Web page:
Awareness and understanding are the next two higher levels of consciousness. They are arrived at by freeing up the mind. This is accomplished first by clearly seeing what is going on in one's inner and outer life (awareness), and then making the cause and effect connections about the events (understanding).

Awareness can begin increasing right right from the get-go in a self-work process. Often, even in a first session, a patient may say in response to a therapist's observations about something, “Oh! I never realized that before.” His awareness has been activated and increased.

Understanding comes somewhat afterwards as connections are made mentally and repetitive patterns that were previously thought of as mysterious or cruelly random are seen in their predictable light. Hidden agendas, intentions and beliefs are accepted as personal realities.

Knowing comes with freeing up the emotions in the body. It is only from our gut, from within our bodies, that we can ever say “I know” something with certainty. That is why we say, “I just feel it”, when we are definite about something. The person who truly feels, knows their own truth confidently. Getting to a place of knowing takes hard work and determined effort. In addition to developing awareness and understanding, one must now undertake the “breaking” of the body's defenses and armoring, and really feel, especially, at first, the difficult feelings of sorrow, rage and fear. This is the “point of no return.” If a person breaks through here - and it could take several years - they will never go back to their previous levels of functioning. They are on their way to being.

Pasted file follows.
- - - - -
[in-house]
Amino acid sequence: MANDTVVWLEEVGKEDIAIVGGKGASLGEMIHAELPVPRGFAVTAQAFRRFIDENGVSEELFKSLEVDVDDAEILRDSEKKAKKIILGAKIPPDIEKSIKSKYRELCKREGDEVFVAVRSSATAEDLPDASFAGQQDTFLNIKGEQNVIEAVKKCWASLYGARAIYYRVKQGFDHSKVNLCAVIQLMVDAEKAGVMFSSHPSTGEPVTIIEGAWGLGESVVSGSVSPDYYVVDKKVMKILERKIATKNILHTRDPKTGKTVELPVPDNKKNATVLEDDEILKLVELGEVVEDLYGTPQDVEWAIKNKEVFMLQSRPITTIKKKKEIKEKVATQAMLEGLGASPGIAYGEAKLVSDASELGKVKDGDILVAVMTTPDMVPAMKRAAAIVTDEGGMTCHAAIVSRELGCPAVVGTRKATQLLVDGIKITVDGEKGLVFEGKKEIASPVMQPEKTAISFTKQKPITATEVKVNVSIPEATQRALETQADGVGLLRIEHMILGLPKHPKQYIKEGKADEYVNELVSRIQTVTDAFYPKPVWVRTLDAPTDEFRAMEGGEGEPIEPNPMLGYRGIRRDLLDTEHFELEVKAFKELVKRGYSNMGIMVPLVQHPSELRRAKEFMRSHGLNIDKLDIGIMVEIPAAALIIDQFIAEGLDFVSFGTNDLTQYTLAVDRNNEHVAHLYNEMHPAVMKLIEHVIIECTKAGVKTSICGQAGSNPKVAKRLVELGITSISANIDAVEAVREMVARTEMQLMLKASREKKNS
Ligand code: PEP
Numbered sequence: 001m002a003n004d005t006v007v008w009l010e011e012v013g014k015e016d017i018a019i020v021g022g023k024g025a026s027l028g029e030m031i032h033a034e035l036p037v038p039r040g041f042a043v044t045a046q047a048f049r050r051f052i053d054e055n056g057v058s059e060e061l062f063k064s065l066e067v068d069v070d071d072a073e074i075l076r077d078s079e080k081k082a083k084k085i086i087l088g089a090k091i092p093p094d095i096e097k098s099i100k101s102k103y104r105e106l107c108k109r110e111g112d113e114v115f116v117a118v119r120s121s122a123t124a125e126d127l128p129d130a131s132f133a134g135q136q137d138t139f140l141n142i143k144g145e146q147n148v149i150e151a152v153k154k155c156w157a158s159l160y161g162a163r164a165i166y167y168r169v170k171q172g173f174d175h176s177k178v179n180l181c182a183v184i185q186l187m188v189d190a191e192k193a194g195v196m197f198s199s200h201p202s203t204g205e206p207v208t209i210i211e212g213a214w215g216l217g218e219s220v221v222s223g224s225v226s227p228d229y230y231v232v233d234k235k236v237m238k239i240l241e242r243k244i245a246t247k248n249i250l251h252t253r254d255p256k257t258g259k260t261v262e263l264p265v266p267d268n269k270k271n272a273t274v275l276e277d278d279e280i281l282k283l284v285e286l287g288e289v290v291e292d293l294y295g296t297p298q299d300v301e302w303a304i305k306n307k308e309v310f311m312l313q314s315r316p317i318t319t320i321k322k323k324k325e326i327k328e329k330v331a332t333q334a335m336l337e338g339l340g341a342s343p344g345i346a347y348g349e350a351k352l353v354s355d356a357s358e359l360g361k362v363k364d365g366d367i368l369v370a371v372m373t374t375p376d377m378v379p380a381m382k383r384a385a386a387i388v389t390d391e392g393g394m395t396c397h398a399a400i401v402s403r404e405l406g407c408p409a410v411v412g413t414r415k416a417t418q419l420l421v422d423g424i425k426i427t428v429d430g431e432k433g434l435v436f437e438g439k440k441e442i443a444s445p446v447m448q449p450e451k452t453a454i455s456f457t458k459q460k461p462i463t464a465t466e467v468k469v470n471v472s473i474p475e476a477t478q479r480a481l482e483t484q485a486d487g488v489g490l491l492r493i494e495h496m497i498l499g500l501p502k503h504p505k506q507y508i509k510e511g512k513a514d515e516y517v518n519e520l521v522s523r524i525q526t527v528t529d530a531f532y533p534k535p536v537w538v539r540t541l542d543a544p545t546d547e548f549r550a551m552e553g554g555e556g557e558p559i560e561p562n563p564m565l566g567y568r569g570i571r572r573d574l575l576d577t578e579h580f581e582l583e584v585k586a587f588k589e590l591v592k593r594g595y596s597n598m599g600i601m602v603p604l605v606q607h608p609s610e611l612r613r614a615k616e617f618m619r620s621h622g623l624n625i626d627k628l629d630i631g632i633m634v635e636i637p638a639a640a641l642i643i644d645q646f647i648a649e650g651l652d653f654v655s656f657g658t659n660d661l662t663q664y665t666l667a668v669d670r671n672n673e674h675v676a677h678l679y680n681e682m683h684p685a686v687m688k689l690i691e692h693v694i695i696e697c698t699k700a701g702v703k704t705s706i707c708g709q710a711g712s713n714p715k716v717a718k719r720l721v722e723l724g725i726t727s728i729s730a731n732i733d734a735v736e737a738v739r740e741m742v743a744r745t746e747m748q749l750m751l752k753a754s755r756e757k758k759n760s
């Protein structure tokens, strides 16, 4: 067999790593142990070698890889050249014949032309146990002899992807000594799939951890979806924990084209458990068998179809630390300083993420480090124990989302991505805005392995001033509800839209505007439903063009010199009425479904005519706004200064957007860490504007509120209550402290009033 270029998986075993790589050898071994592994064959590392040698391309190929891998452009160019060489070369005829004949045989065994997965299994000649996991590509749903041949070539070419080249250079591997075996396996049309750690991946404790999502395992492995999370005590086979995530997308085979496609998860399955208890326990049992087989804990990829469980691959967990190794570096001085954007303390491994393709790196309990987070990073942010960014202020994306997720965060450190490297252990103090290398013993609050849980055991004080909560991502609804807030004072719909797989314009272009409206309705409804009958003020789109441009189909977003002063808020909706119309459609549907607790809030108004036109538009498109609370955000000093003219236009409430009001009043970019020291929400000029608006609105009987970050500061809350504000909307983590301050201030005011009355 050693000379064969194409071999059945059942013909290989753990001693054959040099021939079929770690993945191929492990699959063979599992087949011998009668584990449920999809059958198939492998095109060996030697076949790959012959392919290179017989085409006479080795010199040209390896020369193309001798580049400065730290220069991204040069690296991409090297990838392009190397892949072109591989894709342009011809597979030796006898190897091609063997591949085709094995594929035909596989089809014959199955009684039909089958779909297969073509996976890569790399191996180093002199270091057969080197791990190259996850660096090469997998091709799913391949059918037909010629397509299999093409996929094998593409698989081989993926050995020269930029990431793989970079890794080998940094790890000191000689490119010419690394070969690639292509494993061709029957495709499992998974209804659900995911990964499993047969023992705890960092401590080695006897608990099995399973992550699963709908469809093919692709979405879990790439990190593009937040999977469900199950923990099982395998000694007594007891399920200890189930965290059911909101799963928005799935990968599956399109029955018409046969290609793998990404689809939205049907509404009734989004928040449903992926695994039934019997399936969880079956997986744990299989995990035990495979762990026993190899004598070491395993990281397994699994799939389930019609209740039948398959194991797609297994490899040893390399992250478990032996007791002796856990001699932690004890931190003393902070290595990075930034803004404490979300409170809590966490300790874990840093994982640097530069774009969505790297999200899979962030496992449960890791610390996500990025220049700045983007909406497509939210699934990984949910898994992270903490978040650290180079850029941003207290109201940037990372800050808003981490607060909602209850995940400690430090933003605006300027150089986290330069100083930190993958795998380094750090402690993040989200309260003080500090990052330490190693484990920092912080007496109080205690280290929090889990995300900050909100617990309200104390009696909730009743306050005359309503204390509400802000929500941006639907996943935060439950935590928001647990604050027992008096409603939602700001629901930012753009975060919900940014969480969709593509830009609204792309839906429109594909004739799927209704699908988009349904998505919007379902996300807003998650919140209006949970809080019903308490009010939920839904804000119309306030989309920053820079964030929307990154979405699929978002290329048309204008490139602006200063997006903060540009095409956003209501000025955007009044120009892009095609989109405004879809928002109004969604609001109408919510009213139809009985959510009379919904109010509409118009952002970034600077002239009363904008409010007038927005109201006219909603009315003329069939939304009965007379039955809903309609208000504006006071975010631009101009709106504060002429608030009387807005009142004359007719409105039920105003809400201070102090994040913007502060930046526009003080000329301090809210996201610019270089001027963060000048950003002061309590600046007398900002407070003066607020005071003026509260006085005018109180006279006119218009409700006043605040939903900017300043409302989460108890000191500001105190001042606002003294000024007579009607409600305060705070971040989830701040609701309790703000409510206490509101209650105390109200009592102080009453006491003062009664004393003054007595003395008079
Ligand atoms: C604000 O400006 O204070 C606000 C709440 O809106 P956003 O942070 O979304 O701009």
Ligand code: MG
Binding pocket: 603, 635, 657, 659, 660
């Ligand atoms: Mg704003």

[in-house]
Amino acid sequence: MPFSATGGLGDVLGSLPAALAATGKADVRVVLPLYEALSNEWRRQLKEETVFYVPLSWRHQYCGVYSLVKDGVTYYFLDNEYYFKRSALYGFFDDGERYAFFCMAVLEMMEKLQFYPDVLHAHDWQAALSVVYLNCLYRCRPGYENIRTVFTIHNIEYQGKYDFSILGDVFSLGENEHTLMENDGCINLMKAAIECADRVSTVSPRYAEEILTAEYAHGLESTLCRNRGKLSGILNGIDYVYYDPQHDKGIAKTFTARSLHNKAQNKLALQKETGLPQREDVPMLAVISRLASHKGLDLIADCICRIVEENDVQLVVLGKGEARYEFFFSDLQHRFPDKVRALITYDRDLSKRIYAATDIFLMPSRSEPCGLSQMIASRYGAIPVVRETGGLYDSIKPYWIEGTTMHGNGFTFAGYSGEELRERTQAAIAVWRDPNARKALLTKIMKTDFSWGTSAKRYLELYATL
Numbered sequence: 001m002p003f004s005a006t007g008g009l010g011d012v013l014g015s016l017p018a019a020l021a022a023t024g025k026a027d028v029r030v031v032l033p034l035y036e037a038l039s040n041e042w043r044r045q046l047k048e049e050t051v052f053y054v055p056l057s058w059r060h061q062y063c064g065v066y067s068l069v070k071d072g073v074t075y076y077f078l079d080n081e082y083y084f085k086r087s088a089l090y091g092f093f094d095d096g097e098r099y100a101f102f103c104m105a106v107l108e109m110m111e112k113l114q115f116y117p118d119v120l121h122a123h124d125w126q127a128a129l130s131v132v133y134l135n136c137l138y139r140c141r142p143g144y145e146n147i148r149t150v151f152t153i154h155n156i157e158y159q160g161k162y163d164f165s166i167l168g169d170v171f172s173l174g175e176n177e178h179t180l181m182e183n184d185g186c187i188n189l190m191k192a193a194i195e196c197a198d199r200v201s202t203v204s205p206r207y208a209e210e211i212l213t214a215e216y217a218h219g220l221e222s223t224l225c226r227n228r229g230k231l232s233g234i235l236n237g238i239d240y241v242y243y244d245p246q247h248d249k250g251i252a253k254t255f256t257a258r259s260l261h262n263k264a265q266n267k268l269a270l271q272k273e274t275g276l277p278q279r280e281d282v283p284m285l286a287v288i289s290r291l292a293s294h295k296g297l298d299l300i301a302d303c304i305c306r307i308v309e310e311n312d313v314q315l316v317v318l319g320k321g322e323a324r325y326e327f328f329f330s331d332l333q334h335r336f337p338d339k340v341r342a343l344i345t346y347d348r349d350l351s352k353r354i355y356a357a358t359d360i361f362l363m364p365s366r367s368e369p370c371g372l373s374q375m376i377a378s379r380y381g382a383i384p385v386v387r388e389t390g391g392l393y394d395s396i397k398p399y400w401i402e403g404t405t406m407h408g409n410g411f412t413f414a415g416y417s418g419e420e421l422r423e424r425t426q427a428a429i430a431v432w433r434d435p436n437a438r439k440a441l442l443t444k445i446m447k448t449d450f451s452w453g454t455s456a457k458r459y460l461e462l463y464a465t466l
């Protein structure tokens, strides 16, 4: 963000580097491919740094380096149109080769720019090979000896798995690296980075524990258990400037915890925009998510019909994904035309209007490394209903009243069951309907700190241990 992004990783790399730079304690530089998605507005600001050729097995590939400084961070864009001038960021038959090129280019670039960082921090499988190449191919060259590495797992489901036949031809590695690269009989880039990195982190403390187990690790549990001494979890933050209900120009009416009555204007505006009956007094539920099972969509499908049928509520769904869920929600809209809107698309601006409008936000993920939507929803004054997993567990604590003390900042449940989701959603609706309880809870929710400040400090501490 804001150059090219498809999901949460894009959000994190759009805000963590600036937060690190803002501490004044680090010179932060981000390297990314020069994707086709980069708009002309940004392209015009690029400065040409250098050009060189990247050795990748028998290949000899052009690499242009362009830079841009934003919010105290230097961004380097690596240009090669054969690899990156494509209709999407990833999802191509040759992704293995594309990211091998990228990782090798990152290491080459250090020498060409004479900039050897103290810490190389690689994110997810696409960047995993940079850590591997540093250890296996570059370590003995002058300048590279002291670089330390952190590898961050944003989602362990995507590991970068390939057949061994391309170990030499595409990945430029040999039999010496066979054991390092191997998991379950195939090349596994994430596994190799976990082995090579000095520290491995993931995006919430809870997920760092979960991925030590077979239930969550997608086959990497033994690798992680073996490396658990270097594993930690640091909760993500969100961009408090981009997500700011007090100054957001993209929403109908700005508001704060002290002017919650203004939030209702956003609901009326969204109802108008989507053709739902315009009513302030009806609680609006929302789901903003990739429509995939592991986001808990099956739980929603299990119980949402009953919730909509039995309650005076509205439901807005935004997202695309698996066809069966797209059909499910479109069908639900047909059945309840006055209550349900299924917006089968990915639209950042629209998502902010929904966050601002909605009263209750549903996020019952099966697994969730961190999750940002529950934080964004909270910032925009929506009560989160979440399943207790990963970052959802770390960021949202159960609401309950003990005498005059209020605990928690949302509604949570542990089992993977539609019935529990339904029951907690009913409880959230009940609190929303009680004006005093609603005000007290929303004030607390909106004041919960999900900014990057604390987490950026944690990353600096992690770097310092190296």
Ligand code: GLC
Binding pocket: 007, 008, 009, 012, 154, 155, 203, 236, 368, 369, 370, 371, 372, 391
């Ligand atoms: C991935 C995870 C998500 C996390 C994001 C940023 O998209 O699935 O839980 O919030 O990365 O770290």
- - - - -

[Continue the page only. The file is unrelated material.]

Being is simply living, spontaneously and naturally, and comes from letting go. Of everything! It is living without attachment. Although awareness, understanding and knowing are part of being, they are incorporated now without effort, without thinking in the usual sense. Basic trust has been firmly re-established, but now combined with the knowledge, courage and wisdom of an adult.

The re-establishment of basic trust leads to the rediscovery that at its root, life “works”, and that at our own cores, we are loving, creative, compassionate beings. At this phase of development, a person knows that he or she creates their own reality and accepts responsibility for one's creations without judgement or blame. This person lives without attachment to outcomes, without regrets about past events, without worry about future happenings. Dualistic thinking falls by the wayside, and there is a true sense of oneness felt in connection with all others and with life. Body, mind and spirit are felt to be one. The person here doesn't think of themselves as “sick” when having a symptom, but rather experiences pain as information and guidance. There is no irrational fear of death…or life. Perfection is not demanded from oneself or others. Life is lived spontaneously.


Interesting study written about HERE in a blog piece on the Huffington Post called: "Why Daydreamers Are More Creative."